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As monsoon batters India, incidents of death due to lightning are being reported across the country. 32 people died in Uttar Pradesh due to lightning on Sunday, July 21. A day before, lightning killed another man in the state. 13 others were injured.
Sunday’s lightning victims included seven each in Kanpur and Fatehpur, four in Jalaun, five in Jhansi, two in Ghazipur, three in Hamirpur, and one each in Jaunpur, Pratapgarh, Kanpur Dehat and Chitrakoot.
Chief Minister Yogi Adityanath, expressing sorrow over the deaths, issued orders to the respective district magistrates to ensure compensation of Rs four lakh is given to each of the families of the deceased.
In separate incidents in Rajasthan’s Jhalawar, four farmers, including a 50-year-old woman, were killed as lightning struck them while they were working in their fields under the rains.
On June 19, eight people were killed and eight others were injured due to lightning in Bihar’s Nawada. Seven of the deceased were children aged 15 years or below.
Bihar Chief Minister Nitish Kumar too announced an ex-gratia of Rs four lakh to the family of the people who died.
With the rains battering the country and people in danger of losing their lives to lightning, they often fall for myths to protect themselves rather than doing what is really necessary.
Not all that we are advised to do to protect ourselves from lightning are really true.
If you think crouching down will reduce your risk of being struck by lightning when you are caught in a thunderstorm outside, you are wrong, says National Weather Service. The most you can do is run to a hard-topped vehicle or substantial building.
We are often told that lightning never strikes the same place twice, which is wrong, as there are buildings which have been struck an average of 23 times a year.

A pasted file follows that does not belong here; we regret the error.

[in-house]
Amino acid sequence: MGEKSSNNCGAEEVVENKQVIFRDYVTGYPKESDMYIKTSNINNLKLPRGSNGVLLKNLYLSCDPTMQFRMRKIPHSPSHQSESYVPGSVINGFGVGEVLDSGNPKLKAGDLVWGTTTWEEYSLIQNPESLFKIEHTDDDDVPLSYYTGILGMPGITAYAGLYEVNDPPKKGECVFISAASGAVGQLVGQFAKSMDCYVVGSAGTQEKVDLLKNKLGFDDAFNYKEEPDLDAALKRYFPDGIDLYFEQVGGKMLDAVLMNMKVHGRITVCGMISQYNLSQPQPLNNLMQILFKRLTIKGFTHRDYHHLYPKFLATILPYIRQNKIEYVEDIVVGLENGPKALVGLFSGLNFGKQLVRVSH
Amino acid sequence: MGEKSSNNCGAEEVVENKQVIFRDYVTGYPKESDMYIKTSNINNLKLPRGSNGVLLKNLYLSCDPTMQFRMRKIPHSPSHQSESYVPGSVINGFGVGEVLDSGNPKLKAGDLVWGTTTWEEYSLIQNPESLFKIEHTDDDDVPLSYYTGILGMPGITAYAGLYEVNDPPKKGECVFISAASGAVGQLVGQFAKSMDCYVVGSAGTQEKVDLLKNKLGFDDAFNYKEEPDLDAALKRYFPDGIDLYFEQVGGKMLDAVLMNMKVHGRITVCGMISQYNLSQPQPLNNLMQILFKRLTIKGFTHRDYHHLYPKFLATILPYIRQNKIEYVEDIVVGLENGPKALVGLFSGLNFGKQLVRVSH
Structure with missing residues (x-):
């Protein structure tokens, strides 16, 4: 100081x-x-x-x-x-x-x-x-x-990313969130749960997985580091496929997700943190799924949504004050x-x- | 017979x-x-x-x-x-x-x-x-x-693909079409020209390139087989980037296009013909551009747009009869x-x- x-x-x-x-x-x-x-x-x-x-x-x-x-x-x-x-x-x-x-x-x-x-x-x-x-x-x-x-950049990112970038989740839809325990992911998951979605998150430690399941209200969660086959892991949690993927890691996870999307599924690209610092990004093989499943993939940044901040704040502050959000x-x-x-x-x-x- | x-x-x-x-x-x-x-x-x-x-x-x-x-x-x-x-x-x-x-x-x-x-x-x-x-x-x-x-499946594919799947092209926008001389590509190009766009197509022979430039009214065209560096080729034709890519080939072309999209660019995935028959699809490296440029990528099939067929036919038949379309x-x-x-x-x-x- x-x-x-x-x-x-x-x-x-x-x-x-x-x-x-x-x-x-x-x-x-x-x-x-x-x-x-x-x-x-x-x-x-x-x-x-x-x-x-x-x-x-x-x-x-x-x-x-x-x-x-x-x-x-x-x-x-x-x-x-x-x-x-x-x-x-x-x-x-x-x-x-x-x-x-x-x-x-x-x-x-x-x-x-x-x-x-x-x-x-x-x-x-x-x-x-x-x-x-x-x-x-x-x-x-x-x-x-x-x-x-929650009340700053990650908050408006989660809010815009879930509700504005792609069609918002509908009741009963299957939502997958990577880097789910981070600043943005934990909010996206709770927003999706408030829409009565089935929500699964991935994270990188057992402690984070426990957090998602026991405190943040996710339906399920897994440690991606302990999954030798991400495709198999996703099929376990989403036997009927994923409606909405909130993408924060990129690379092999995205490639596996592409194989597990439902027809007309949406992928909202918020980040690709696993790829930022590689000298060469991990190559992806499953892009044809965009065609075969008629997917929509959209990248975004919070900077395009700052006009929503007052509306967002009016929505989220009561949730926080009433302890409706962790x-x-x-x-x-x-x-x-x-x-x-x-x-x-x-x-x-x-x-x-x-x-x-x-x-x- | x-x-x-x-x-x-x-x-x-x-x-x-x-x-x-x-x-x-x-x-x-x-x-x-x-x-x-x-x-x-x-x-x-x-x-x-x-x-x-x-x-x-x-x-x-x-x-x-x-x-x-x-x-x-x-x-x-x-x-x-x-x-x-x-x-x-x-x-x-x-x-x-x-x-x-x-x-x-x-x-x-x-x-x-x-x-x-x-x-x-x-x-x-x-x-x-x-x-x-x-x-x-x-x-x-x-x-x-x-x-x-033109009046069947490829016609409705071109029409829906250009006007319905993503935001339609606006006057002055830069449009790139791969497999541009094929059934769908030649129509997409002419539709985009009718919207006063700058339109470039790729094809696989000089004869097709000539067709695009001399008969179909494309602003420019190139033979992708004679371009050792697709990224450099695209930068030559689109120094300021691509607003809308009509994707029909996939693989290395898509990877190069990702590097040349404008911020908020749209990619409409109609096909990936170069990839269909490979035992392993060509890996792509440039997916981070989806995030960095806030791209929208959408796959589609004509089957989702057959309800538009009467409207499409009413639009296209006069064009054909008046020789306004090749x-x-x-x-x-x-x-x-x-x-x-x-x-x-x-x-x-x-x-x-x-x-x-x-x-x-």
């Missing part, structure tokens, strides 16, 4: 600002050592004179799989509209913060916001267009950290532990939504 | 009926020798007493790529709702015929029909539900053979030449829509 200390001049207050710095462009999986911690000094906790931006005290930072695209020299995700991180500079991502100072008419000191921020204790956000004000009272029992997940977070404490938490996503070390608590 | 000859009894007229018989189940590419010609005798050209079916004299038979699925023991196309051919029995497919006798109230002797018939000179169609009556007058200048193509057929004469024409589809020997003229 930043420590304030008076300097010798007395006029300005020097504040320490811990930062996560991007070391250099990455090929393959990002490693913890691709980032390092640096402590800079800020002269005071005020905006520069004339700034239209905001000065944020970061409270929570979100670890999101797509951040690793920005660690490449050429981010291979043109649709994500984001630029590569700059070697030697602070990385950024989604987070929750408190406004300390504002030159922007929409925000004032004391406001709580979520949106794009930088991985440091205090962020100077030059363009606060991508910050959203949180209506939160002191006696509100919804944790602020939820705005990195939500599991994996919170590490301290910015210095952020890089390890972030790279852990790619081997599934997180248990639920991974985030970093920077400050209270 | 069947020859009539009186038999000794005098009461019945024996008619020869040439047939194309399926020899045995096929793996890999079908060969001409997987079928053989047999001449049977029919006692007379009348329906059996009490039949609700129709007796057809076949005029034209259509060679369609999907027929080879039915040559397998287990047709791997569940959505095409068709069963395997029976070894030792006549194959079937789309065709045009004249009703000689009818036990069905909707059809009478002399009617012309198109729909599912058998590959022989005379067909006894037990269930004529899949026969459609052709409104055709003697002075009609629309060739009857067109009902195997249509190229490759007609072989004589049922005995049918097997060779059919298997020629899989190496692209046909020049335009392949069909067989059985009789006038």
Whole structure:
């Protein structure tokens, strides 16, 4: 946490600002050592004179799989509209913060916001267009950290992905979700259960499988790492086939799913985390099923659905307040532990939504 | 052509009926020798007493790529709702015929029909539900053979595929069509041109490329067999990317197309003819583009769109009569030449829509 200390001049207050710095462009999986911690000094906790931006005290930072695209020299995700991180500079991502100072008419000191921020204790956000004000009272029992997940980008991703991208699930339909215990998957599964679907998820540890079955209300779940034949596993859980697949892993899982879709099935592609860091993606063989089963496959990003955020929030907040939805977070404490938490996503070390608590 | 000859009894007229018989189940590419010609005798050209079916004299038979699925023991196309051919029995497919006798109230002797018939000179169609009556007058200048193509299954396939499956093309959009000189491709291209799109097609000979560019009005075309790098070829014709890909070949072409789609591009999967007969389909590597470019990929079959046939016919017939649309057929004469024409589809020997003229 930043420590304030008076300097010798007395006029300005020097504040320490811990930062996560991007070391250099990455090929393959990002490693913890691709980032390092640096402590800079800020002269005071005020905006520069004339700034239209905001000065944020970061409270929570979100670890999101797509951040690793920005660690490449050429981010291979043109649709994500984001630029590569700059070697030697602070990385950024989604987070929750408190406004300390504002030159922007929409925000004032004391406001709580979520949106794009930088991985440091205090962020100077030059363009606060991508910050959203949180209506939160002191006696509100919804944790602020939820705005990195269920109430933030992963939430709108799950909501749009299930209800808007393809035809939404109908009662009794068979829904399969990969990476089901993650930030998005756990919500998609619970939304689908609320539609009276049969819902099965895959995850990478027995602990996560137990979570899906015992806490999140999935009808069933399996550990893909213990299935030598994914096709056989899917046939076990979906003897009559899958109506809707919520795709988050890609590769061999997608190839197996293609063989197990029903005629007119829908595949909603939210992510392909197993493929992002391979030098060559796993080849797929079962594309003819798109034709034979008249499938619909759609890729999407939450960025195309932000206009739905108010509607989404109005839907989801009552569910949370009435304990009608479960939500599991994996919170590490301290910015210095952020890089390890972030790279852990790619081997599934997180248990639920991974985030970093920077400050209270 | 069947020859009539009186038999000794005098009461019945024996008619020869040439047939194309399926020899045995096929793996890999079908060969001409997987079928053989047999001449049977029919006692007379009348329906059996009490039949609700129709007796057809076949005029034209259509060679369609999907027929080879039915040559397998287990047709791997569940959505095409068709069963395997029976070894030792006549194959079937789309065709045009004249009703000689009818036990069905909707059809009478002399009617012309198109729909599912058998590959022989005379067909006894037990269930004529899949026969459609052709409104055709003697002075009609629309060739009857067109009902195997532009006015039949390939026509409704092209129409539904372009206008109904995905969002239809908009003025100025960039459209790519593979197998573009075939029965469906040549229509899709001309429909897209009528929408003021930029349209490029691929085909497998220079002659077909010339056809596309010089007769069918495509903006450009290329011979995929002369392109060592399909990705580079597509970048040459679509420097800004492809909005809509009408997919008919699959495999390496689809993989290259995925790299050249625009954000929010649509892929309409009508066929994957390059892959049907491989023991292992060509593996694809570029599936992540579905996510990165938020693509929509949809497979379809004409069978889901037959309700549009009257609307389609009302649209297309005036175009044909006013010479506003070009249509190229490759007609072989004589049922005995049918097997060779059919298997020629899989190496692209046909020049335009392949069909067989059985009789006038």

You are wrong if you think you are safe when it is not raining or there are no clouds overhead. The truth is, lightning can strike far outside the rain or thunderstorm cloud, more than three miles from the centre of the thunderstorm.
The most chilling of lightning myths is that a lightning victim is electrified, and if you touch them, you will get electrocuted. No, the human body does not store electricity, and it is absolutely safe to touch a lightning victim and give them first aid.
We are often told that if we are outside during a thunderstorm, we should take shelter under a tree. In reality, being under a tree is one of the leading causes of lightning casualties.
Many of us may believe that structures with metal, or metal on the body (jewellery, cell phones, watches, etc), attract lightning. No, the dominant factors controlling where a lightning bolt will strike are height, pointy shape, and isolation. The presence of metal makes no difference.
No, lying flat on the ground when you are outside and might get stuck by lightning is not an option. In fact, your chance of being affected by potentially deadly ground current only increases. The only option is to keep moving towards a safer shelter.
The chances of a cell phone being struck by lightning are not likely, although we are often told otherwise. What we should avoid using during thunder and lightning is a corded phone, as it is physically connected by wires to the outside.
When we are caught in a thunderstorm, we must try to find the best landscape. Strong, reinforced buildings such as homes and businesses tend to provide the most protection. During emergencies, however, any shelter is better than no shelter at all. Hence, we should and move into a shelter away from windows.
If we are outside and unable to find shelter anywhere indoors, it is most appropriate to take cover in a vehicle, as a car’s metal structure helps reroute a potential lightning strike.
We must ensure never to take shelter under trees, tall objects, and metal structures (such as fences), as they are most likely to be hit. We must also stay away from doors and windows and conductors.
Since metal and water conduct electricity, so we must avoid plumbing or activities using water, such as taking a bath or doing laundry. We must also refrain from using corded telephones.
An important part of thunderstorm safety is understanding the risks of lightning. It plays a crucial role in keeping us and our close ones safe during severe weather conditions.
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